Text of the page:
Carey: Ferrari fan gesture shows F1 in new era
Formula 1 CEO Chase Carey believes getting a young Ferrari fan to meet Kimi Raikkonen during the Spanish Grand Prix would not have been possible under the championship's previous owners.
Live television pictures showed an extremely upset Thomas Danel reacting emotionally to Raikkonen's lap one retirement from the Barcelona race.
The image was also circulated on social media, before F1 and Ferrari personnel tracked down the youngster and his family and invite them into the paddock.
This received widespread praise and is something Liberty Media representative Carey described as a "special moment" F1 would not have provided under Bernie Ecclestone and CVC's stewardship.
"We got all this press about the little boy who got pulled down, and they did it on their own, having a sense a freedom that they wouldn't have had a year ago," he said.
"I didn't tell them to find the little boy, there are people who did it on their own, thought it would be a special moment, and it was."
LAWRENCE BARRETTO: Has F1 made a fan engagement breakthrough?
The Spanish GP weekend was targeted by Liberty as an opportunity to enhance the F1 fan experience, which lags behind several other series.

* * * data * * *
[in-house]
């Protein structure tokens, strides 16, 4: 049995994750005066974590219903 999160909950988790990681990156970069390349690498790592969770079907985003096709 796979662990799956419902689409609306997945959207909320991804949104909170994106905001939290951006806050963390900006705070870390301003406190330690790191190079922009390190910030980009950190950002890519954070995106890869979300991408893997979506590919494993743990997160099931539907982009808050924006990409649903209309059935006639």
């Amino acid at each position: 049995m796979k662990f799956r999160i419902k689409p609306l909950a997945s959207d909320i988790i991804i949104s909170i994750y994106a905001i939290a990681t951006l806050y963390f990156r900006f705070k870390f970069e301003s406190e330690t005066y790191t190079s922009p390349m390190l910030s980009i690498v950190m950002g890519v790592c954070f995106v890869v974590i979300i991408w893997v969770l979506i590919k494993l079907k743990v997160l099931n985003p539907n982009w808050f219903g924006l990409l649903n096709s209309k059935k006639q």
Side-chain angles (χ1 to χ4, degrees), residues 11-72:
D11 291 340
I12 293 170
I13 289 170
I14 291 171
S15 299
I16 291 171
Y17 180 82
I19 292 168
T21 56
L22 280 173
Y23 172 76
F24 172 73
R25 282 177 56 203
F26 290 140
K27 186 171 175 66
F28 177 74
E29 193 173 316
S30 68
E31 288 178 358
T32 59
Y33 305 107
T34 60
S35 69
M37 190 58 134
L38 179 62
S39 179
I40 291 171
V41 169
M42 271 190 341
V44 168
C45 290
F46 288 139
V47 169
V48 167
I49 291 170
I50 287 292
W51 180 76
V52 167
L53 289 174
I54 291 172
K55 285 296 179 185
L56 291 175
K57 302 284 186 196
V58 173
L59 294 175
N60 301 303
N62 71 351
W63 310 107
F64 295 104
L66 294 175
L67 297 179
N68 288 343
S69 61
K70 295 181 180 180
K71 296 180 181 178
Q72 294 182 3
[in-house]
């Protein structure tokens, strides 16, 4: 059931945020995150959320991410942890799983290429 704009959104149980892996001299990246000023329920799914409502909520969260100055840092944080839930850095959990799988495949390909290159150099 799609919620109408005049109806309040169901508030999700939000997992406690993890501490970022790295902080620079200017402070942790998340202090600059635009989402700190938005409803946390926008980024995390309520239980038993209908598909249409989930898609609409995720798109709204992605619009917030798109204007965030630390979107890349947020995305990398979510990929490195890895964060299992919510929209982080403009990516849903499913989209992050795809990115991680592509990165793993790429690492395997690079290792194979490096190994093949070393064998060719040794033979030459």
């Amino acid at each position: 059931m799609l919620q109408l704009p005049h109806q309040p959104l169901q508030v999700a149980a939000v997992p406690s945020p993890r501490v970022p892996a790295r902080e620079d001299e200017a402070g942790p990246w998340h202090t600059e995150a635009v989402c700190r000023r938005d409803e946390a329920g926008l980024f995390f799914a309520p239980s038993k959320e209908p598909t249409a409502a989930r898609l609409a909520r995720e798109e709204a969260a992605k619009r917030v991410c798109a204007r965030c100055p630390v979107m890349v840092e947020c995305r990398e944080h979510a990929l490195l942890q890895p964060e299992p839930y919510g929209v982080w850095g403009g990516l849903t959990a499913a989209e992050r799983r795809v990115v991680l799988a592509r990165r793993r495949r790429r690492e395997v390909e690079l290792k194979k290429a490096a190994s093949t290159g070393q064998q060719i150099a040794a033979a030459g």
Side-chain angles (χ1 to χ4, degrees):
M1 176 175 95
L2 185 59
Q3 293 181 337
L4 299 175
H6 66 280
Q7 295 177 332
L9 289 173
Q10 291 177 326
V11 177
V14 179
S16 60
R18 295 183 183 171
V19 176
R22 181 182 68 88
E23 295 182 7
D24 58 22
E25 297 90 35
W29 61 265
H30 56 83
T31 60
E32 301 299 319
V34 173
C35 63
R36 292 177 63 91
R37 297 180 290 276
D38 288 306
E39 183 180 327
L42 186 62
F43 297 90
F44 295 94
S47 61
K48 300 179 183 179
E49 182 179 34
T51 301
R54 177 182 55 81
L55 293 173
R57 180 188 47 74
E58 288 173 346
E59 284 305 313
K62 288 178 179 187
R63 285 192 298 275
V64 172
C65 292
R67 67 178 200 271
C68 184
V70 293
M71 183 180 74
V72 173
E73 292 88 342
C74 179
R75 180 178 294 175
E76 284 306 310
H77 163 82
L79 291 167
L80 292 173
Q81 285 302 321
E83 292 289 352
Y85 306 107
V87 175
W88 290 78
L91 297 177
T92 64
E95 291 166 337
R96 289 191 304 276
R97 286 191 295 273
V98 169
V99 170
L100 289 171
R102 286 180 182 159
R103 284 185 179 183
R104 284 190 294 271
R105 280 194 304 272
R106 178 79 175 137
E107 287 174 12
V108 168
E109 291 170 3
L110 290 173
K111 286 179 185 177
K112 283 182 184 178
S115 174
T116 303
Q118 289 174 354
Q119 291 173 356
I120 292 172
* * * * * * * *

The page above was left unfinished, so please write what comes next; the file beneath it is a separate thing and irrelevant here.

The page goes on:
As a result, a 'fan zone' featuring a zip wire, pitstop challenges and the chance to win a ride in a Minardi two-seater F1 car was established at the Catalunya circuit.
"At Barcelona we launched no transforming events, but a number of things that almost everybody to a man said created a fresh sense of energy and excitement," said Carey.
"As we've been connecting the various parties we're finding a tremendous level of enthusiasm that hadn't existed, and to some degree you could say there was almost frustration for people who felt there wasn't anybody to engage with.
"There's no question that some things will move faster than others."
"We had more events, some great moments like [Vettel and Hamilton] bumping coming out of the pits, and we sort of let them go."
Carey admitted parts of F1's fan set-up are too out of date - such as merchandise areas that "feel like a carnival 20 years ago" because they are just stacked with team shirts.
He also said that while creating a greater experience for fans was a priority, Liberty would focus on how to monetise it.
"We could probably sell that sponsorship five times over for the zip line and go into profit," he said.
"We didn't, but I can imagine the right sponsor wanting to identity with it.
"Properly executed we should make money, not spend money, creating a platform when you've got 100,000 plus people and television and people with phones and things like that and pulling it out and taking pictures at events like this.
"There's a pile of people who want to take advantage of that, and it gives us an opportunity to make money off it."